Typically famous musicians make a home out of Los Angeles, New York or even Nashville, but not Prince.
It's safe to say the legendary singer went against the grain in all aspects of life. He broke barriers, wrote and performed groundbreaking music and marched to the beat of his own drum. Nothing reflects that more than his choice to live full-time in Minneapolis, Minnesota, at his iconic Paisley Park home.
Prince's close friend and bassist Nik West opened up on Fox News Thursday and weighed in on why the star felt so connected to his Midwest home.
"He said Minneapolis raised him...[moving]will never happen," she recalled. " He would say, 'I'm never leaving...there's a legacy here for me' He was just all about just being who he was—being at home."
She continued, "Paisley Park was his home. He had his concerts there but he also lived there."
Fans have come out in waves to lay purple flowers at the fence of his home, which according to sports reporter Brian Sherriffe said resembled a jail. Despite its ominous exterior—it has no windows and is a large, gray building—Sherriffe said the inside was absolutely breathtaking, much like the star who inhabited it. Inside the walls was a massive music studio, which would eventually record 30 albums.
A glass pyramid would glow purple whenever the signer was at his home, but aside from that public display Prince was an incredibly private person who enjoyed his Midwestern life; Paisley Park became his haven. Even though it's abundantly clear how special Minnesota was to the late star, it's even clearer how much his presence meant to Minnesota.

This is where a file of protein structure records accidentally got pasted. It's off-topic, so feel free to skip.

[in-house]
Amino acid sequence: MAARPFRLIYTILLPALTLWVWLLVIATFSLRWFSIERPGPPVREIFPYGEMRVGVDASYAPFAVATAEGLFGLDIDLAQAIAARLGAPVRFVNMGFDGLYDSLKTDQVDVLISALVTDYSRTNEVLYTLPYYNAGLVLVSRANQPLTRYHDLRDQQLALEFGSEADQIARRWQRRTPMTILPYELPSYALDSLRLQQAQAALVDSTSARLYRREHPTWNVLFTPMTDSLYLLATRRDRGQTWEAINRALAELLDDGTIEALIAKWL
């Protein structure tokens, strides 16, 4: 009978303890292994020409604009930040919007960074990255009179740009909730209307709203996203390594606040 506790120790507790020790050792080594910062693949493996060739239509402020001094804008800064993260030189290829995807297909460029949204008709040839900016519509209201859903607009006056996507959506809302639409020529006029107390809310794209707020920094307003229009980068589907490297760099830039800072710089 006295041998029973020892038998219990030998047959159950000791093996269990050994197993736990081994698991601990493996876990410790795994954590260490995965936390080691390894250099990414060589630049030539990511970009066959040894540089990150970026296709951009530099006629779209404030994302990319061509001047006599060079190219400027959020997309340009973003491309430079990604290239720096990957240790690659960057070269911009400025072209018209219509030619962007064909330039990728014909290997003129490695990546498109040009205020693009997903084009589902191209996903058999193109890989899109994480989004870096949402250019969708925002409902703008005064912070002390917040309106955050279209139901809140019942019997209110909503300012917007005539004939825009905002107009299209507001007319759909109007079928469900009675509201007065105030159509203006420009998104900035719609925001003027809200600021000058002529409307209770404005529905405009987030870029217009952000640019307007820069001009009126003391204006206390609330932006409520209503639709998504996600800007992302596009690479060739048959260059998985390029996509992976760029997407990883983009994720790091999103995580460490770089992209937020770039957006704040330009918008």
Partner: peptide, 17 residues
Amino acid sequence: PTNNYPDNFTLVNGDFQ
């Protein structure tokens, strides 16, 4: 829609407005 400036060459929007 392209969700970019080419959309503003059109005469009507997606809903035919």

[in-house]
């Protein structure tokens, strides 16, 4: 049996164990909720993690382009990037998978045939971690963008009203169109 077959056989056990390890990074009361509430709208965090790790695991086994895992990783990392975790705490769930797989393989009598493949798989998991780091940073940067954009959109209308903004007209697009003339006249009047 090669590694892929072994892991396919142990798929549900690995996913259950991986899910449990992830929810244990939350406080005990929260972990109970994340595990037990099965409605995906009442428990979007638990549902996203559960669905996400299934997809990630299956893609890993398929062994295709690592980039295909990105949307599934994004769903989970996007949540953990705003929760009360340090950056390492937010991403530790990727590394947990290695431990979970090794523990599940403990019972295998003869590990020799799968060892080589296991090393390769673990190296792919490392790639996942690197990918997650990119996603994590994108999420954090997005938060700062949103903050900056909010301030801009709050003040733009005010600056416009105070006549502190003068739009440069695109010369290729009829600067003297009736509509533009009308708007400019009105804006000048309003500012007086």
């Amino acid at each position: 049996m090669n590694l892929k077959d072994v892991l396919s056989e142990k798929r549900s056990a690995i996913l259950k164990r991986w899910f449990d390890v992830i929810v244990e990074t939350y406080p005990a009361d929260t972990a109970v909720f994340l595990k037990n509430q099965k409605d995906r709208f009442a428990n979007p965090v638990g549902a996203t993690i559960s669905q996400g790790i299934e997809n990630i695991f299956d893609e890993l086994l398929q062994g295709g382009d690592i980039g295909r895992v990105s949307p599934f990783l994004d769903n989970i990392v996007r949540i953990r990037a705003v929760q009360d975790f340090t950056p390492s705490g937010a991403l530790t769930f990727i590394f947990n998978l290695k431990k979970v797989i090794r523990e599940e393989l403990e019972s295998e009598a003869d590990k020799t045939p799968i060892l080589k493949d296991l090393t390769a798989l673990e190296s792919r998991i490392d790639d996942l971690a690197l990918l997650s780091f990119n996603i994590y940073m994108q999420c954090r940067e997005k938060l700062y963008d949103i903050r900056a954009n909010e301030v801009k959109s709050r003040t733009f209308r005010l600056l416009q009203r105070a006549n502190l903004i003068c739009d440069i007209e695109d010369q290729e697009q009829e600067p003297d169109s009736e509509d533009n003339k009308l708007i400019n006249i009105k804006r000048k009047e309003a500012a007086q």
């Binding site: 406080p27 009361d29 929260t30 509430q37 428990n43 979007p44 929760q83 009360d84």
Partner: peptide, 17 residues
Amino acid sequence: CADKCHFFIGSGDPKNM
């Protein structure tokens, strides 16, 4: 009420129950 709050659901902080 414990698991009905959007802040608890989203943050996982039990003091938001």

Minneapolis nightclub First Avenue hosted an all-night block party for people ages 18 and older in his honor. We'll let the scene speak for itself:
A Facebook post on the club's page said, "Our hearts are broken. Prince was the Patron Saint of First Avenue. He grew up on this stage, and then commanded it, and he united our city...Rest in peace and power Prince."
The city's Target Field displayed "Goodnight Sweet Prince" on its screens along with a picture of the icon on a motorcycle. Fans also laid flowers at a wall where iconic musicians' names, including Prince's, have been painted in stars.
Bob Fuchs, store manager at Electric Fetus in Minneapolis, talked to E! News Thursday about the star's passion for for working with the community.
"There's people who've been coming by and sharing stories and crying in disbelief. [Prince] has a strong, strong, strong following in this town. So it's just been a lot of outpouring of love and grief," Fuchs shared. "But he had been doing, working, he wanted to work more locally with local businesses. We sold his CD here exclusively at the store for about three weeks and he had talked to us about wanting to work with us in the future maybe a little more. He really wanted to work with people locally and cut out the middle man as much as possible."
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Fuchs continued, "I don't have any idea of if he was planning another show, he might've talked to the owner about that a while back but I don't know anything about that at all. He just wanted his new CD, we sold it exclusively here for about three weeks online and in the store. But he really wanted to have a local connection direct to customers so we were trying to make that happen. He really wanted to support the local scene with his music."
It goes without saying that the world loved Prince and Prince loved the world, but there is something extra memorable about what the city of Minneapolis does for its fallen star—and its star did for it.